Journaling 101: Five ways to begin journaling and stick with it

For many, the beginning of the new year marks the turning of a page, and for those who journal, that’s more than just a figurative statement. Whether you’ve been journaling for years or are looking to start in the new year, the benefits of putting some words onto paper every day are well documented. 

"Journaling allows you to focus on the present moment and process your thoughts and feelings," says Alice Poulin, LCPC, CCS, clinical supervisor, Adult Inpatient, Northern Light Acadia Hospital. "It can also help reduce the symptoms of depression and anxiety, which can lead to increased resilience and overall well-being."

If you’re just beginning your journaling journey, you may very well spend your first day staring at a blank page racking your brain for words. In the weeks that follow, you might struggle to hardwire the process into your day-to-day activities. Never fear, here are five ways to not only get you started journaling, but to also help you develop the routine and keep it going.

  1. Incorporate journaling into your morning or nightly routine. Sure, it sounds easy, but this is one of the biggest hurdles when you’re just getting started. Mornings are hectic and more often than not, evenings aren’t much better. If you can find a window of time to be alone with your thoughts, open your journal and jot something down. If you can, consider setting your alarm 15 minutes earlier and build out that time for your journaling.

  2. Find the type of journaling that works best for you. There are several methods of journaling, and each one has its own purpose. For example, bullet journaling became a trend several years back specifically among busy professionals looking to journal while also enhancing their productivity, helping them organize to-do lists and goals. Perhaps you’d benefit from a gratitude journal to help put some of your success and appreciation from and for friends and loved ones into perspective. Or, if you’d rather, just pick up a standard everyday journal and figure out what style works best for you along the way.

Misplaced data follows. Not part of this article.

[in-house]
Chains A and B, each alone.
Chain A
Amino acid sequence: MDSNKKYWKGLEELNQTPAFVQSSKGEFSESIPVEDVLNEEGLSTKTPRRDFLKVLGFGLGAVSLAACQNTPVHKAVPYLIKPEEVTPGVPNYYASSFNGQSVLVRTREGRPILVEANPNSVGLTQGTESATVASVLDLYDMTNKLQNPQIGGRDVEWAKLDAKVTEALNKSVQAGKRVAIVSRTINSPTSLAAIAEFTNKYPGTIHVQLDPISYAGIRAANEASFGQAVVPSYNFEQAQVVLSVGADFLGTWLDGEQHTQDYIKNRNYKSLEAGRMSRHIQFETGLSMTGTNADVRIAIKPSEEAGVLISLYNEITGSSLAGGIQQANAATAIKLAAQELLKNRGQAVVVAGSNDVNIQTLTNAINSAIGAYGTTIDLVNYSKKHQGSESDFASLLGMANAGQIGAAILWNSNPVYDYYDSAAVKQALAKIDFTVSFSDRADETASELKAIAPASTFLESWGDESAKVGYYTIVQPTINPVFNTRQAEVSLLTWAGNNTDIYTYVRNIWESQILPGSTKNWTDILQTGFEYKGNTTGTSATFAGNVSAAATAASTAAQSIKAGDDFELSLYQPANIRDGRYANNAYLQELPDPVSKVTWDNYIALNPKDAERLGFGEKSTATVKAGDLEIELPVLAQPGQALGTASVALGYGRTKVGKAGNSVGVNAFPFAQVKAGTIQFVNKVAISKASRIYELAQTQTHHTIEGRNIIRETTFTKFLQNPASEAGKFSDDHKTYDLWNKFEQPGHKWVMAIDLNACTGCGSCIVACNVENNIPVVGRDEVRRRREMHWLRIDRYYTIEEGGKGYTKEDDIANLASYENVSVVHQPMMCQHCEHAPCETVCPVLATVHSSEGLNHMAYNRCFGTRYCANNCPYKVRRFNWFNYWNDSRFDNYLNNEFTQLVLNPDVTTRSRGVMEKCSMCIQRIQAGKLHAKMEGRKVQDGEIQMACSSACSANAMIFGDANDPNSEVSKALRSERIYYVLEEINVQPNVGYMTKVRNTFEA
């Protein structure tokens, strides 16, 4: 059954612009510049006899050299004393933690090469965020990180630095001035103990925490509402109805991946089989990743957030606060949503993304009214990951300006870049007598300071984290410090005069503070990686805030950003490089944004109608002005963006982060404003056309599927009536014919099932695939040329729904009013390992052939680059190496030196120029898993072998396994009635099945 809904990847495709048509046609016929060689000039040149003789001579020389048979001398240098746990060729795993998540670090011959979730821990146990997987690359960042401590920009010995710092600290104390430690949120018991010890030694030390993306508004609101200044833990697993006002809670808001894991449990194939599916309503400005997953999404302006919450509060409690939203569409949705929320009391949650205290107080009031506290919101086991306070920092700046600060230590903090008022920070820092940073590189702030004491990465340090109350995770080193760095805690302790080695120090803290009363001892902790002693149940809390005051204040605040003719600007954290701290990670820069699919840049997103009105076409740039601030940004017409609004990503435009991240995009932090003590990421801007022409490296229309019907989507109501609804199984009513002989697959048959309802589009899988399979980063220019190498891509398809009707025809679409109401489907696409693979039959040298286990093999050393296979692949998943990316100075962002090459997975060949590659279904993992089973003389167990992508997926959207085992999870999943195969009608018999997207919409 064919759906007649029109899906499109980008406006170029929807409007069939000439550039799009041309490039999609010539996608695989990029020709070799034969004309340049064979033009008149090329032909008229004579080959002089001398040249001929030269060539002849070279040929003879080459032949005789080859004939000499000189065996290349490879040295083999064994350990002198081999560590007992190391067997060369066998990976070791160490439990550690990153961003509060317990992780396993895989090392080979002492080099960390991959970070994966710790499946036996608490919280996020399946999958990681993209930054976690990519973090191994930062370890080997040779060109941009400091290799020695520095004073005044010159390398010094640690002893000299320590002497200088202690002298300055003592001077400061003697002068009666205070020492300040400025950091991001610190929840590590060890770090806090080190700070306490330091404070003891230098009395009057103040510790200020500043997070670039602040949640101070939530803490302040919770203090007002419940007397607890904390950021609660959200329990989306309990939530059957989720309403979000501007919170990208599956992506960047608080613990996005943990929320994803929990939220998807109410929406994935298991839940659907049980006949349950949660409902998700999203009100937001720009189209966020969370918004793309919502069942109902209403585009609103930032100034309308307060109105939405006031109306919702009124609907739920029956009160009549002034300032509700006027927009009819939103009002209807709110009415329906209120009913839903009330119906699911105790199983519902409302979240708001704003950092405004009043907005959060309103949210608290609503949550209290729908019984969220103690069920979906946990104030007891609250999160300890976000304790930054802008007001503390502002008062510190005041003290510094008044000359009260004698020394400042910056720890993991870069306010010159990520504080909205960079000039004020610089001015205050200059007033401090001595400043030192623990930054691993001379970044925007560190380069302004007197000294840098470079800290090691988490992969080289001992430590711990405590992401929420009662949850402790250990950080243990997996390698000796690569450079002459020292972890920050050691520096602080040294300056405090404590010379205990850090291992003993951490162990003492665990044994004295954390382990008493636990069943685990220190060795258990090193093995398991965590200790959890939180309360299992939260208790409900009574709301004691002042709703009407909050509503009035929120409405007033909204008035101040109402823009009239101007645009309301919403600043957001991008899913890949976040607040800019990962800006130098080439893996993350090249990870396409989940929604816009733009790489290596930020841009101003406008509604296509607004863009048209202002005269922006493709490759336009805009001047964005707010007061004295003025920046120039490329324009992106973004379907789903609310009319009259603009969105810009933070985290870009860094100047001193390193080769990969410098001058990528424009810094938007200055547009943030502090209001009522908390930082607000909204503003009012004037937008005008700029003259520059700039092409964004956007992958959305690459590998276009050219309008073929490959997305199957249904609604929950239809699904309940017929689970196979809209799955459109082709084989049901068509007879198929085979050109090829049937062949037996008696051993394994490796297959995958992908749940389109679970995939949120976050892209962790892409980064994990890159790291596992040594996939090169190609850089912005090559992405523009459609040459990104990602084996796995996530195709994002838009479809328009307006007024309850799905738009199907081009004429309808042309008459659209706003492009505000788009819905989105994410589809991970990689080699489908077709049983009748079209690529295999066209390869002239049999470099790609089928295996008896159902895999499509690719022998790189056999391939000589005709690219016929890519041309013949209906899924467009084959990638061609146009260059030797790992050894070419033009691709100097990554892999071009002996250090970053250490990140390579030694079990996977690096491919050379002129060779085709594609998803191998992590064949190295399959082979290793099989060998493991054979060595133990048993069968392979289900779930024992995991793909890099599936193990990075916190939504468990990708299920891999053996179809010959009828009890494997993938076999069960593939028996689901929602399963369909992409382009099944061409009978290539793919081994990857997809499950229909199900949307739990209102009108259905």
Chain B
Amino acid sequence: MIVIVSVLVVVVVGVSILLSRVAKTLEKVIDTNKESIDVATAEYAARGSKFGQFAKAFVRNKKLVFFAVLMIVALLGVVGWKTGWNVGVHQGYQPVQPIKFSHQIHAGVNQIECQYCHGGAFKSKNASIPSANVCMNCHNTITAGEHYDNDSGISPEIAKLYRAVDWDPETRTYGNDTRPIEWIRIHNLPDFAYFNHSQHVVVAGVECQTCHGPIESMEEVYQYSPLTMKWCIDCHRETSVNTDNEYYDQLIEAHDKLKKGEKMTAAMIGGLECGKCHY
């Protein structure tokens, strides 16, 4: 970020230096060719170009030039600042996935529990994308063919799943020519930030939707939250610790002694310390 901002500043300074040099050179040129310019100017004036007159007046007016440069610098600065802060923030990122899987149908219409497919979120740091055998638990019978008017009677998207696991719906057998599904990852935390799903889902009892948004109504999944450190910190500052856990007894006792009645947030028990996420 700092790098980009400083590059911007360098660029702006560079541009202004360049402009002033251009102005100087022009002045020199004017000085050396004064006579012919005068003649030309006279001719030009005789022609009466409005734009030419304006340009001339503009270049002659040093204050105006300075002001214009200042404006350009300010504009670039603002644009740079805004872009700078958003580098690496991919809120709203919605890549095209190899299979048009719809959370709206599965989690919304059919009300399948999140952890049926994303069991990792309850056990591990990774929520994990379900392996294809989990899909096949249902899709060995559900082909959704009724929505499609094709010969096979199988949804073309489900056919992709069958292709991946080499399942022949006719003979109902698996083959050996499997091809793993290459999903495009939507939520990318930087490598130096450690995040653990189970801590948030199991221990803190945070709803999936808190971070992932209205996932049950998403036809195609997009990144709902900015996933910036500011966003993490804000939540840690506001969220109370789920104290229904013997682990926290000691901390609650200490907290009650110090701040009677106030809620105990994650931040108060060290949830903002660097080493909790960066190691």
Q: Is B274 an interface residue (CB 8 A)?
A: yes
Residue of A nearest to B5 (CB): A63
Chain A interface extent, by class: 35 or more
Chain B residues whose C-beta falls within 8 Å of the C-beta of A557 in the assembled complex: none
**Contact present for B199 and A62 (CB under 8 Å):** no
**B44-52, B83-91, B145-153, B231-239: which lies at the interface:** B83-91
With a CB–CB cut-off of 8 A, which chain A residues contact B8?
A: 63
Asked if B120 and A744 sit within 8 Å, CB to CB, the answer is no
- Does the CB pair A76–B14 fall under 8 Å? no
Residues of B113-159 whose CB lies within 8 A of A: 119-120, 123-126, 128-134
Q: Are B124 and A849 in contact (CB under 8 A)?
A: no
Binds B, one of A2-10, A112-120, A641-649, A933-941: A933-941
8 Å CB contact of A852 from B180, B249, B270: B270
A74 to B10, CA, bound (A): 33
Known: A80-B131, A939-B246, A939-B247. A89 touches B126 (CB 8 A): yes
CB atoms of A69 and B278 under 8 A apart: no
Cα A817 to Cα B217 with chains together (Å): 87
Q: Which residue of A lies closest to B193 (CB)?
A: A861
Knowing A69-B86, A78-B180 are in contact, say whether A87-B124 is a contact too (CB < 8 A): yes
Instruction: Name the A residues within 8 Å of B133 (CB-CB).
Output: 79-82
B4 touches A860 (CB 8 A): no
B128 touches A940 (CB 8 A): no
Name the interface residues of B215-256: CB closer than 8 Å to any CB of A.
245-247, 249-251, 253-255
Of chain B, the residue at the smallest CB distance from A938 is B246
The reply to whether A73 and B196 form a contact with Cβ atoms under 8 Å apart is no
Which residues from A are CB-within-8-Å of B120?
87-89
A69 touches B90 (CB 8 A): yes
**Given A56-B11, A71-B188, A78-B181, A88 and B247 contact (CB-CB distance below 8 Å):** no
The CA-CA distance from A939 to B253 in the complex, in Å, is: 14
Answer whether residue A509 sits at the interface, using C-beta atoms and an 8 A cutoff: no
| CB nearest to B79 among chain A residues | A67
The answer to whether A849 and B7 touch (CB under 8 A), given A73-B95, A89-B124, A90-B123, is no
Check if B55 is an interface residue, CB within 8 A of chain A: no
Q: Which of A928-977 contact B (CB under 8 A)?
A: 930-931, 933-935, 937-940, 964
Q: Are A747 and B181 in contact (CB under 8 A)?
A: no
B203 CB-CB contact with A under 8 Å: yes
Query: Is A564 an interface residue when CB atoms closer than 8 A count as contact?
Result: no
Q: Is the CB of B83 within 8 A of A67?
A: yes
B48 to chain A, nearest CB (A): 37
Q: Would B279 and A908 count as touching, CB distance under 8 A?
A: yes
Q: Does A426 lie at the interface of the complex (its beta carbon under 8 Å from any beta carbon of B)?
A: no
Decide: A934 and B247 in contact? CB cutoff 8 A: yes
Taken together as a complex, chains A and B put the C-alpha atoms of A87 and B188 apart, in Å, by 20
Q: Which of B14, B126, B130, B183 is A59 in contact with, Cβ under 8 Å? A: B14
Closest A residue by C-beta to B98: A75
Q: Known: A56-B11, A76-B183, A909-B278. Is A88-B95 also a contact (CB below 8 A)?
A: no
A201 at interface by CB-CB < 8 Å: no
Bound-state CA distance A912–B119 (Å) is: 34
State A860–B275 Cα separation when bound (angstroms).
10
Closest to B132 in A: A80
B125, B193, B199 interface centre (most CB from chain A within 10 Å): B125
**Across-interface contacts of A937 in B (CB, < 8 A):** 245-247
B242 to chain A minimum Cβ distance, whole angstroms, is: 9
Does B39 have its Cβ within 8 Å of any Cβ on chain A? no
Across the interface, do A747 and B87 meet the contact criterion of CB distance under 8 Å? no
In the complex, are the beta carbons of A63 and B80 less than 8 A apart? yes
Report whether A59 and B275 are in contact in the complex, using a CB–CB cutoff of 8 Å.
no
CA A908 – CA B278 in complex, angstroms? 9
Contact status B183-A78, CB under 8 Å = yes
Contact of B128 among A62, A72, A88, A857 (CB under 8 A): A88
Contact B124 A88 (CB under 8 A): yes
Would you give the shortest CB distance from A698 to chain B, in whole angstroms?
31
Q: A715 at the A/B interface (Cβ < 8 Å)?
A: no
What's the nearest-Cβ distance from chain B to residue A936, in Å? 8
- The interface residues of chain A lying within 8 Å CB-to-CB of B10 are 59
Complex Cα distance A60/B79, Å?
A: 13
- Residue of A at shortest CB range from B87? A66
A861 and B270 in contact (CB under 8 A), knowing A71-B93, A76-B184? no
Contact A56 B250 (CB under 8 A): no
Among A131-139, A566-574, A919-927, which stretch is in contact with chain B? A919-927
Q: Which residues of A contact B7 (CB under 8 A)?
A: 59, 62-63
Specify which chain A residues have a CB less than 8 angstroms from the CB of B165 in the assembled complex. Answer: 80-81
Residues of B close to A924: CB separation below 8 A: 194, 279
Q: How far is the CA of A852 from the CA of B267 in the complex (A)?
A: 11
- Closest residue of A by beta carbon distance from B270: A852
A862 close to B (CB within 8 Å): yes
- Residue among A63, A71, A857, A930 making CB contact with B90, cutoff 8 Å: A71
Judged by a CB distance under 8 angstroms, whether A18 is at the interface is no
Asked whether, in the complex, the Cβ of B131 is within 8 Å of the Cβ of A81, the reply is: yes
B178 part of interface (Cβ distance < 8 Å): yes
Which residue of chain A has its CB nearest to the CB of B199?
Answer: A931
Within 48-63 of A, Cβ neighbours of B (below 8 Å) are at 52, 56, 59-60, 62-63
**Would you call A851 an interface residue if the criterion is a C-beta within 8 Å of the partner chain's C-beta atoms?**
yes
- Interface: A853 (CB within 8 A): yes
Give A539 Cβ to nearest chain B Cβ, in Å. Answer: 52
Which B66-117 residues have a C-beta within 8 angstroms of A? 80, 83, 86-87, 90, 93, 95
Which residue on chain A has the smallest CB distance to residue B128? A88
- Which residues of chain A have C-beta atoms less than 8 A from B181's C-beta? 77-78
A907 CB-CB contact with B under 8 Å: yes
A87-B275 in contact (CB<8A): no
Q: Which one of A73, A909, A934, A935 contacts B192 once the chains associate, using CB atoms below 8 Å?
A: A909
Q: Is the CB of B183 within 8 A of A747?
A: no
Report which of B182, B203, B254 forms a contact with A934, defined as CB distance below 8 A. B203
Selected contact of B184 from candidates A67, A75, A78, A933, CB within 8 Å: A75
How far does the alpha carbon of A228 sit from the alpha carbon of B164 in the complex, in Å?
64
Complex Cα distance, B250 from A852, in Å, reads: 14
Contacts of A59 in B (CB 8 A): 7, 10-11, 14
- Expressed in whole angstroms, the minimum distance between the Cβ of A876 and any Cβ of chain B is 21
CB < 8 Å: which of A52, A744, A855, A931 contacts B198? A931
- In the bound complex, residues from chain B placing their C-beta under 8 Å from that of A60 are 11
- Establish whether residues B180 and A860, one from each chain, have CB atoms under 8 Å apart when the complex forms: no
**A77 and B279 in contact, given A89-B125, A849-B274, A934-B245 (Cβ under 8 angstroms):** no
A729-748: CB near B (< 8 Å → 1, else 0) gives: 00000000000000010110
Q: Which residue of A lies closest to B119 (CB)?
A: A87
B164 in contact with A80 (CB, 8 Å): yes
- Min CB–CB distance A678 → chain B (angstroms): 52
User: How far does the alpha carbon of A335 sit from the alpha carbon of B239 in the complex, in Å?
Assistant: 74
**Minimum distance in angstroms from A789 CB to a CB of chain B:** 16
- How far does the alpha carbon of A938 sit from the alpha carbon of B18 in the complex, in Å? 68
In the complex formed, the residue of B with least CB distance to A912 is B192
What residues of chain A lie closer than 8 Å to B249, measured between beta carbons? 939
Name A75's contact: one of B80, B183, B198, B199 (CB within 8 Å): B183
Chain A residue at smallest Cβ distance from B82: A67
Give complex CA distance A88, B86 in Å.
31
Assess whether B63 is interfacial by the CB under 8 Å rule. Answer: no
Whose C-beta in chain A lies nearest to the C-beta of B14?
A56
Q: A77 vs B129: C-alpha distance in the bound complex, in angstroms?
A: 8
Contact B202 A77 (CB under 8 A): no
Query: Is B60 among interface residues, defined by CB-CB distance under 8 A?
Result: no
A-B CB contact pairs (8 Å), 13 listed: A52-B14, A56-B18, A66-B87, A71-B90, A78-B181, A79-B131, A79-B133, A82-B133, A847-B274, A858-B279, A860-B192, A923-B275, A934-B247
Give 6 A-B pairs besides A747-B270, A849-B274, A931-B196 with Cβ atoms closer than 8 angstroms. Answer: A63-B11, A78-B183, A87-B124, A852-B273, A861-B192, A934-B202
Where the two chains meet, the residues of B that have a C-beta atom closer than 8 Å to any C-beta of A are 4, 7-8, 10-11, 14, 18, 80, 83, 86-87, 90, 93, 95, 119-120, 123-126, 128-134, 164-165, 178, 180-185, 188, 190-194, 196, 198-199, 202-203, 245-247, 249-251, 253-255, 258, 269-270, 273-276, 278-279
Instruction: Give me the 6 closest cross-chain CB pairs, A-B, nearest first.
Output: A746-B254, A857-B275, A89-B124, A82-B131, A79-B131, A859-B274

3. When in doubt, start small! One of the easiest ways to journal is one-line-a-day journal, which usually doubles as a five-year memory book. These offer you a chance to write just one sentence each day – a thought, a quote, a milestone – and it doesn’t necessarily have to be profound or life-changing. It’s simply a way for you to keep up with the practice without having to dedicate large amounts of time to it.

  4. Use prompts! Let’s face it, sometimes we all need a little inspiration. There are several websites, apps, and card decks that can assist you, posing questions or offering topics for you to journal about.

  5. Be present, but don’t forget to reflect. Possibly the most important part of journaling is to look back when you reach important milestones. Has it been a year of journaling already? Flip back to the beginning and read through your first entry from the year. (Sidenote: It’s okay to cringe a little). Did you get a promotion? Find moments of triumph where you wrote about a proud moment along the way. Page by page, you can see how far you’ve come in your life, your work, or your hobbies.